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When Should a Pick-up be Harmonised?

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'Sweet Adeline', arr. Jay Giallombardo: Jay's arrangements repay careful study for guidance on this and many other parts of our craft'Sweet Adeline', arr. Jay Giallombardo: Jay's arrangements repay careful study for guidance on this and many other parts of our craft

‘Pick-up’ is one of those informal but evocative terms people use to refer to a number of ways of easing into a phrase: one part coming in before the others, or an anticipatory propellant in the bass, or a melodic anacrusis. It’s the last of these I’m particularly thinking about here – as in the example above – and particularly in the context of ballads, where their role is much more about melodic and lyrical shape than rhythm.

So, the options with a melodic anacruses are:

  1. Give it to the lead alone, with the harmony parts coming in on the downbeat
  2. Harmonise it fully so that all parts sing it together
  3. Give it to a duet (or, more rarely, trio) as a kind of halfway house
  4. Have all parts singing, but in a reduced harmonic texture (unison or duet)

The first question to ask is why you might wish to reduce the texture at all. If we’re working in a predominantly homophonic close-harmony world, why are we contemplating leaving these notes out of the harmonisation in the first place? It seems an odd question to ask, given that the practice is well established, but it’s worth articulating the answers, as there are more than one:

  • Weight: the anacrusis is a light gesture that lifts the melody over the barline into the phrase. Having fewer than four parts can help give this sense of lift.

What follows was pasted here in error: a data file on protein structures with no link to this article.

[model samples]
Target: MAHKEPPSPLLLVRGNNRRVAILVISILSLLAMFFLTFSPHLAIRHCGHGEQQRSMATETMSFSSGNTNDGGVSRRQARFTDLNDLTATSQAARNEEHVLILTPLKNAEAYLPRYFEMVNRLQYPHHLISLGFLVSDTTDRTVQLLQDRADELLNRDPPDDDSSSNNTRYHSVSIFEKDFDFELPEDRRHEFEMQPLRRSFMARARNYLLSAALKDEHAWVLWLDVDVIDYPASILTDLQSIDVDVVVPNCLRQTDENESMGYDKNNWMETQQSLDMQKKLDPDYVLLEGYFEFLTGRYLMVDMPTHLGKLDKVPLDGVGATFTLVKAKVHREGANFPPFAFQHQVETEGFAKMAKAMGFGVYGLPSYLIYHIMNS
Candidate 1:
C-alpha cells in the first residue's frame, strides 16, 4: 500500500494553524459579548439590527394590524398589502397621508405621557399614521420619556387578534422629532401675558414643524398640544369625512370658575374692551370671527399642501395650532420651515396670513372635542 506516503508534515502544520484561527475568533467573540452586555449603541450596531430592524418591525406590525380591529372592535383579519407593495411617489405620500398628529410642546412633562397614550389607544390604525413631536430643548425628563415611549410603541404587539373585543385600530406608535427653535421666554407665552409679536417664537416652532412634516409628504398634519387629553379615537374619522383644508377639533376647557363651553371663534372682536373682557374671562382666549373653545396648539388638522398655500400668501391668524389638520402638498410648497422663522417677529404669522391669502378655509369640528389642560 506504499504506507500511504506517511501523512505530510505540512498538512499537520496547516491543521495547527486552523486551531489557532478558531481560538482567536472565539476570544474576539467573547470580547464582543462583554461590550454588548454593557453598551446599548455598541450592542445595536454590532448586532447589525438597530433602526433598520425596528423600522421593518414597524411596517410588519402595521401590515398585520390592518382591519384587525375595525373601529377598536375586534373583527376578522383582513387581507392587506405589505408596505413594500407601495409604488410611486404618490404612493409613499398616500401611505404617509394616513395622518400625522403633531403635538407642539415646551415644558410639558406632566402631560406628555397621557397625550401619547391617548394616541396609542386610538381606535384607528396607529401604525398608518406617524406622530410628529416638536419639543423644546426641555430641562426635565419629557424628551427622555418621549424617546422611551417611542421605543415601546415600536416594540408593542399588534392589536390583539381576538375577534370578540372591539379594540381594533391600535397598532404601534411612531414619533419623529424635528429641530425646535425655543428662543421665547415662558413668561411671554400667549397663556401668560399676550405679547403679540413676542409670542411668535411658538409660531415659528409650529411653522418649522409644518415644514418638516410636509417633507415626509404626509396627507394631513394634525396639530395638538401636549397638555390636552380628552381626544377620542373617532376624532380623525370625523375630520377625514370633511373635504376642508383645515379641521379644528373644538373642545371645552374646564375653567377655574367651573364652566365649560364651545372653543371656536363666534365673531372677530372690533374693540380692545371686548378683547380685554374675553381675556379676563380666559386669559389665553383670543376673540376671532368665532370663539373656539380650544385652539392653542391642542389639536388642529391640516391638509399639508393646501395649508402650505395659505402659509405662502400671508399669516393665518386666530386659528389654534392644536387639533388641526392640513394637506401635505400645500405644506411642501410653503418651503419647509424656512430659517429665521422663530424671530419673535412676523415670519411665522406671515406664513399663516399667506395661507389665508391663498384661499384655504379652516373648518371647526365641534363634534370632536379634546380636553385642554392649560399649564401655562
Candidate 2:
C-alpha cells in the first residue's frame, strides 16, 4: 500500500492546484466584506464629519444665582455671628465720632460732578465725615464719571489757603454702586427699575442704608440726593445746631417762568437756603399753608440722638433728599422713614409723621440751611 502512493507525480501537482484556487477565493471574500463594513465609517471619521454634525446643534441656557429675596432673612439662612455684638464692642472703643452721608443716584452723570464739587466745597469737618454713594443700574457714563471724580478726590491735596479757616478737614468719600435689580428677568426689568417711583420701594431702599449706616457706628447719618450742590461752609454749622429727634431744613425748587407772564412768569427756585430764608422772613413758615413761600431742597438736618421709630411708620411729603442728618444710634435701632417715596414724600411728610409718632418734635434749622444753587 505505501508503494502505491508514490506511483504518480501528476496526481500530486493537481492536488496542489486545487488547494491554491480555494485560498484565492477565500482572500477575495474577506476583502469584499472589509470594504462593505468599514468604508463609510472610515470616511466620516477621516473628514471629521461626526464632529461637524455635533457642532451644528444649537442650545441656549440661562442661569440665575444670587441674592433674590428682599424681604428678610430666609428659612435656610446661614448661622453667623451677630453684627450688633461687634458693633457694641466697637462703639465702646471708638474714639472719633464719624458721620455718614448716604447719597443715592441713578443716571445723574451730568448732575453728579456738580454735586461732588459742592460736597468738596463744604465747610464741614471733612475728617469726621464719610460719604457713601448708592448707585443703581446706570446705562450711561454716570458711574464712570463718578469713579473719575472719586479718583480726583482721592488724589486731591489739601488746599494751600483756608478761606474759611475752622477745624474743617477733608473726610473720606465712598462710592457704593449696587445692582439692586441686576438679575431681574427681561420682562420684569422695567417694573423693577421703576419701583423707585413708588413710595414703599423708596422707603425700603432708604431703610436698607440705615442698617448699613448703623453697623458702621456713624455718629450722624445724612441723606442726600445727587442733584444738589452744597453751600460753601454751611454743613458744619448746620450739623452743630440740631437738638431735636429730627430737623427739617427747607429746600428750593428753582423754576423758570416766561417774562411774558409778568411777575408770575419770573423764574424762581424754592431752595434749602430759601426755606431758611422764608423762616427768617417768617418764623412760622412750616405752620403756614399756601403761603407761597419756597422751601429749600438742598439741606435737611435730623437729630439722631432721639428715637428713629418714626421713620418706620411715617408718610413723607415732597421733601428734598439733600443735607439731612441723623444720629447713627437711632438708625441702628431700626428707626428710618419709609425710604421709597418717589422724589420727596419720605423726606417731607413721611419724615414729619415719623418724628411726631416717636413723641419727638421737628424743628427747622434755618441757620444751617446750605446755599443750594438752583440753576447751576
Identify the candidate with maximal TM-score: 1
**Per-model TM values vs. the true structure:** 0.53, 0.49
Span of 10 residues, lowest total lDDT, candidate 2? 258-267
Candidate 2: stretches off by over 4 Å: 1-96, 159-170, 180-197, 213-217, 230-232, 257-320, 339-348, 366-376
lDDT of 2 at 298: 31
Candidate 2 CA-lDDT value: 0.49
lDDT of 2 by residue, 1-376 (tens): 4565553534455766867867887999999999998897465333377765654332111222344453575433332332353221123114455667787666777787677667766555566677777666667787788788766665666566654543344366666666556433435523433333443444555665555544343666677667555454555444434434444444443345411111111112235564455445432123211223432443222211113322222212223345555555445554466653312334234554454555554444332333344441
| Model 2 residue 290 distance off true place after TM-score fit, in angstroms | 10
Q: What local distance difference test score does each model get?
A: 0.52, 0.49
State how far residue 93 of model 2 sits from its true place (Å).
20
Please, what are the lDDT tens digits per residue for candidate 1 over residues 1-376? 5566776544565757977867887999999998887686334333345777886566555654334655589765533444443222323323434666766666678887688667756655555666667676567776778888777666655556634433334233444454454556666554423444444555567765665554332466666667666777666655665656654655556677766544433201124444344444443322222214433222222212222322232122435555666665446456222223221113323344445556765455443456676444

• Flow: if all parts sing the anacrusis together, all parts have to breathe together before it. Sometimes this is a useful effect to draw attention to a particular moment in a song; other times we might want the parts to cover each other’s breathing to allow more continuity from phrase to phrase.

  • Harmony: Sometimes the notes of an anacrusis belong more naturally with the chord that follows the barline than the one that precedes it (e.g. a phrase that ends on V7 being followed by an anacrusis that starts on the tonic). In these cases, harmonising the pick-up risks bringing the new chord in too early for the prevailing harmonic rhythm, whereas leaving it as a solo or duet keeps the preceding chord in the ear for its full length.

So, that’s why we’re even considering it, and already there are some principles articulated to help decide when. Other factors to consider include:

  • Development: solo pick-ups in the early stage of a song giving way to duets then fully-harmonised ones later gives a sense of growth or progression to the arrangement.
  • Sense: sometimes the lyrics in an anacrusis can be omitted and the words still make sense; other times (especially where words are split over the bar-line) missing out the anacrusis makes nonsense of the words. In these cases, it is better to harmonise, as you get a more expressive performance if the line that each singer has is lyrically intelligible.
  • Message: most songs have a particular line that nails its message. It may be the line that states the title, or it may offer a twist on what has gone before, or act as the culmination/denouement of the story. However it comes, it’s the big pay-off that the rest of the song has been setting up. This moment needs to be clear to the audience, and will usually have all parts singing together (see also the point about flow above). Either that, or they have the melody alone not just for the pick-up but right through until the cadence, turning it into a more personal statement. In any case, the choices about texture need to make it clear that this is the key moment in the message.
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